Amy Nicholson

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For 438 reviews, this critic has graded:
  • 53% higher than the average critic
  • 3% same as the average critic
  • 44% lower than the average critic
On average, this critic grades 2.7 points lower than other critics. (0-100 point scale)

Amy Nicholson's Scores

  • Movies
  • TV
Average review score: 62
Highest review score: 100 Barry
Lowest review score: 0 3 Geezers!
Score distribution:
  1. Negative: 45 out of 438
438 movie reviews
    • tbd Metascore
    • 60 Amy Nicholson
    It’s as uplifting and threadbare as a feel-good viral video stretched to feature length, yet Makijany’s ability to rally the troops, get solid performances from first-time actors, and simply get the film made is worth a genuine cheer.
    • tbd Metascore
    • 60 Amy Nicholson
    Long before the motley crew crashes the Met Gala, it’s clear that director Ryan Crego is bolting wacky gee-gaws onto a rote plot. Still, several gags pay off.
    • 32 Metascore
    • 30 Amy Nicholson
    This is a film as tidy, transparent and kid-friendly as a square of Jell-O salad, and so squishily eager-to-please that it doesn’t engage with its religious themes so much as tuck them into song lyrics to hover in the narrative like grapes.
    • 61 Metascore
    • 60 Amy Nicholson
    The result is sniggering slapstick that’s two-parts biological fluids and one-part salute to the innate empathy of mankind, often in the same scene.
    • 70 Metascore
    • 80 Amy Nicholson
    The gripping documentary Operation Varsity Blues: The College Admissions Scandal shifts the spotlight back to Singer, played in re-enactments by Matthew Modine with dialogue taken directly from wiretaps, to understand how a flip flop-clad former basketball coach rebranded himself as an academic glad-hander for the 1 percent.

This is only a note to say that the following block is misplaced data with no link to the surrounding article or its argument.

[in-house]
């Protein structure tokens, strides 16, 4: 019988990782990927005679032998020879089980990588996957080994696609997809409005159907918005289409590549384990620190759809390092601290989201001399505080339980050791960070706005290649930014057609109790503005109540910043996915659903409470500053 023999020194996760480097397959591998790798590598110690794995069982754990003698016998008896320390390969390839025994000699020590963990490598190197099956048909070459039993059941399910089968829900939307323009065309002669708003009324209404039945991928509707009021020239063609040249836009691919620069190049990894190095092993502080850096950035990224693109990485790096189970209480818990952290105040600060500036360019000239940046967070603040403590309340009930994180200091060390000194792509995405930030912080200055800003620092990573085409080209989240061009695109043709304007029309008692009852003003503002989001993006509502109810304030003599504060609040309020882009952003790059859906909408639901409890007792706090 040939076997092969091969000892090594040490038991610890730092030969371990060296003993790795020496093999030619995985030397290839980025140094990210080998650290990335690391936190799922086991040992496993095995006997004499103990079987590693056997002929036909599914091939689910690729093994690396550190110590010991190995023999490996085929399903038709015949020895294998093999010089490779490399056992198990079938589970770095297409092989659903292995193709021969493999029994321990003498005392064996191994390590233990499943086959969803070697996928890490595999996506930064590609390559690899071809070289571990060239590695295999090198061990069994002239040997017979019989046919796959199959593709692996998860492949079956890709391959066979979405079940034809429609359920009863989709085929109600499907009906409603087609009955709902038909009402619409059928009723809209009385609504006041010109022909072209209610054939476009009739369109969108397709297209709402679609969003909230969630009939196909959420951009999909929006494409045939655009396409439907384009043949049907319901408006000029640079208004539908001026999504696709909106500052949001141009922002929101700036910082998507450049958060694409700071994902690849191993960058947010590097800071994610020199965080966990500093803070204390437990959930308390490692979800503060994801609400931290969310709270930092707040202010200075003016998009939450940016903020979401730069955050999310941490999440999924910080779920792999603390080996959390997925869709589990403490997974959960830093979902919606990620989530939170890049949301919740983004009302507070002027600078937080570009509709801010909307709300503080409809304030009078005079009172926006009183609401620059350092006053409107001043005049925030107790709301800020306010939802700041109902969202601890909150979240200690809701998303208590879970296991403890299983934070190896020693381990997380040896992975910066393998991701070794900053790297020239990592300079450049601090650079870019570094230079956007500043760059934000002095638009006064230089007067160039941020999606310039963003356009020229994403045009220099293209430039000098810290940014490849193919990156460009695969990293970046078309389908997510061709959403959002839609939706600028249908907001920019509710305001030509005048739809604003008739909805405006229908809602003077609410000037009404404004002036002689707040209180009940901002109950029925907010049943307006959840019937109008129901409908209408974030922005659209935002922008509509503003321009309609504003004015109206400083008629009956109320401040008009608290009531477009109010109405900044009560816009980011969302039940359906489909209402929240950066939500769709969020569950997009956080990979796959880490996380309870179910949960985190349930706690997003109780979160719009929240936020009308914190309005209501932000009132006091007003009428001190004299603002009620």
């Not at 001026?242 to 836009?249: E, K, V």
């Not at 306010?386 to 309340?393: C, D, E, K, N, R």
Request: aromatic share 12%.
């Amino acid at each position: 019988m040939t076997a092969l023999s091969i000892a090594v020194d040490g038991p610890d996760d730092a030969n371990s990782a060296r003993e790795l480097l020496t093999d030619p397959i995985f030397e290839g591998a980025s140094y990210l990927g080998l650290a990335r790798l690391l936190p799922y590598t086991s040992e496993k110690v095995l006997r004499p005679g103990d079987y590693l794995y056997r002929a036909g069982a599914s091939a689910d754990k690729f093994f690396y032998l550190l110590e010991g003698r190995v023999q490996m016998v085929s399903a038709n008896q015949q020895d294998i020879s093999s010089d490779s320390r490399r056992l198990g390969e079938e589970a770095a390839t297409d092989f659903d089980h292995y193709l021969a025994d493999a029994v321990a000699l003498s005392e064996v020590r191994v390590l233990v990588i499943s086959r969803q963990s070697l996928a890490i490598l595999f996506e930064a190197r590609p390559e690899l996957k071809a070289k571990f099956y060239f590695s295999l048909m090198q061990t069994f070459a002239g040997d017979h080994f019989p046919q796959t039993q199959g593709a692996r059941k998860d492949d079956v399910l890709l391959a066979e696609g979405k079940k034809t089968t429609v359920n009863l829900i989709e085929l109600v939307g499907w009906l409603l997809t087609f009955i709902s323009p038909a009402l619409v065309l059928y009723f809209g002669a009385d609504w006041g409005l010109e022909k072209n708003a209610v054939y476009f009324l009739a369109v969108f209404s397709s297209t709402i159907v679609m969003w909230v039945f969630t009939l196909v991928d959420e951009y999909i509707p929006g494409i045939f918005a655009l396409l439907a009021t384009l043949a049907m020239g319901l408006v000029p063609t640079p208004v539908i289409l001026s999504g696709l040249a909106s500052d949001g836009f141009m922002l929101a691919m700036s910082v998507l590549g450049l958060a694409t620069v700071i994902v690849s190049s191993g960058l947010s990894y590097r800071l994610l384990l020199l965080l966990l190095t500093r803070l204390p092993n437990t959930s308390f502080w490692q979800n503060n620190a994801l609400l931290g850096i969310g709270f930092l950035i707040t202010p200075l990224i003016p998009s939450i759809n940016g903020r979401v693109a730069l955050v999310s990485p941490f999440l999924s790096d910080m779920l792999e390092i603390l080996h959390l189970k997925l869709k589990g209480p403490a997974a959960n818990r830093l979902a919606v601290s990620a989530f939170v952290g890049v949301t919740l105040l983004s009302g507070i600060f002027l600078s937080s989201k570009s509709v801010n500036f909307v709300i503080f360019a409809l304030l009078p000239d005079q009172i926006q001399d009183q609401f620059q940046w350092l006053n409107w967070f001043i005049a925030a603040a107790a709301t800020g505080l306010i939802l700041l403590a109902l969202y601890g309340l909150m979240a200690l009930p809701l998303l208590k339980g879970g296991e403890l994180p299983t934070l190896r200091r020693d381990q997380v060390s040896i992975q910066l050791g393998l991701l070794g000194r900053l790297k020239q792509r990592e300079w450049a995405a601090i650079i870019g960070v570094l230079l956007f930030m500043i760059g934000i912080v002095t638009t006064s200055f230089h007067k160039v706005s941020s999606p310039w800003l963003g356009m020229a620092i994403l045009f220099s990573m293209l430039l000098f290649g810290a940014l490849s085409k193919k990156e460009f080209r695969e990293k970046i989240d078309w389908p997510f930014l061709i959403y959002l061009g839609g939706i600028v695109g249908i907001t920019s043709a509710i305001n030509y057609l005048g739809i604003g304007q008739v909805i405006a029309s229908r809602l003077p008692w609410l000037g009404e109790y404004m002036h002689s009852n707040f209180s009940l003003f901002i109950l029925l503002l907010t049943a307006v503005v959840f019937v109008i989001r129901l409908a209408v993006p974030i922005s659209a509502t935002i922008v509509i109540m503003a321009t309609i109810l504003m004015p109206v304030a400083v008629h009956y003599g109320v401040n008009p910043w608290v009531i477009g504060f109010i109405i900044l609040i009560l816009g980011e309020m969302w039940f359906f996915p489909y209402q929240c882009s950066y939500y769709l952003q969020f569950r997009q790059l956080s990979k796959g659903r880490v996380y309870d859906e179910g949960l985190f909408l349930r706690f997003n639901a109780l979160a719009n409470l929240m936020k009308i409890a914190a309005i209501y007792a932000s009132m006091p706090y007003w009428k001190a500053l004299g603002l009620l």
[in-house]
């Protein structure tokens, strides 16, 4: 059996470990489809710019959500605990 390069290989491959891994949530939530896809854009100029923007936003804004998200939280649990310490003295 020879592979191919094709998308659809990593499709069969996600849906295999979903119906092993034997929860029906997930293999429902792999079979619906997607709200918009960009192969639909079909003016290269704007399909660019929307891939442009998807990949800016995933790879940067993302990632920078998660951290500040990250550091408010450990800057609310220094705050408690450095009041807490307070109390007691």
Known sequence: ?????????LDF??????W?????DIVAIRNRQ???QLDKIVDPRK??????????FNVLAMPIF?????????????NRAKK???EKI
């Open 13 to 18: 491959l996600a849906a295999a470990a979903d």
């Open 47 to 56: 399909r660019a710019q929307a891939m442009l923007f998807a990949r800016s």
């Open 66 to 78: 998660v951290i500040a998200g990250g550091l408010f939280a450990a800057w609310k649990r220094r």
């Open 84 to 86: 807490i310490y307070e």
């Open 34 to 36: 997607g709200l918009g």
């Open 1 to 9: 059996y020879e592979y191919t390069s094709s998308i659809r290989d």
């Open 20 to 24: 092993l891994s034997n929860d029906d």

• 64 Metascore
    • 50 Amy Nicholson
    The movie is lovely, but airless and bolted with scraps that barely hold together.
    • 53 Metascore
    • 60 Amy Nicholson
    The cumulative assassinations begin to ache like a mysterious bruise, making the audience feel the psychic weight of living in fear. Yet, the style of the film is more teen soap opera than vérité miserablism.
    • tbd Metascore
    • 70 Amy Nicholson
    Olson’s poetic b-roll and Will Epstein’s soft, pulsing piano score buff away the lurid shocks.
    • 55 Metascore
    • 50 Amy Nicholson
    While Clouds is as doe-eyed and puppyish as an acoustic serenade, Baldoni is wise to recognize that attention must be paid to Zach’s survivors.
    • 42 Metascore
    • 30 Amy Nicholson
    It’s a mess — and I’m not just talking about the close-up of a bleeding, ghost-gratified fingernail.
    • 96 Metascore
    • 100 Amy Nicholson
    The film wants to prove that hope isn’t fools gold. And when it does, Rocks glows.
    • 58 Metascore
    • 80 Amy Nicholson
    A gut punch with a side of anguish.
    • 61 Metascore
    • 70 Amy Nicholson
    It’s as comforting as a prescription drug commercial, which could send some parents into a conniption. But Unpregnant advocates loudest for allowing young women the space to make their own choices — and that they have friends, longtime or newfound, willing to help when they stumble.
    • 69 Metascore
    • 50 Amy Nicholson
    Alberdi’s comic-caper approach soon fizzles. Like Sergio, the film is hunting for drama, something to merit the 007 guitar and upright bass riffs of Vincent van Warmerdam’s score.
    • 43 Metascore
    • 40 Amy Nicholson
    The New Mutants spent three years on ice before being allowed to escape into the slowest summer season in a century. That’s fitting for a film that’s all buildup and no bang.
    • 55 Metascore
    • 60 Amy Nicholson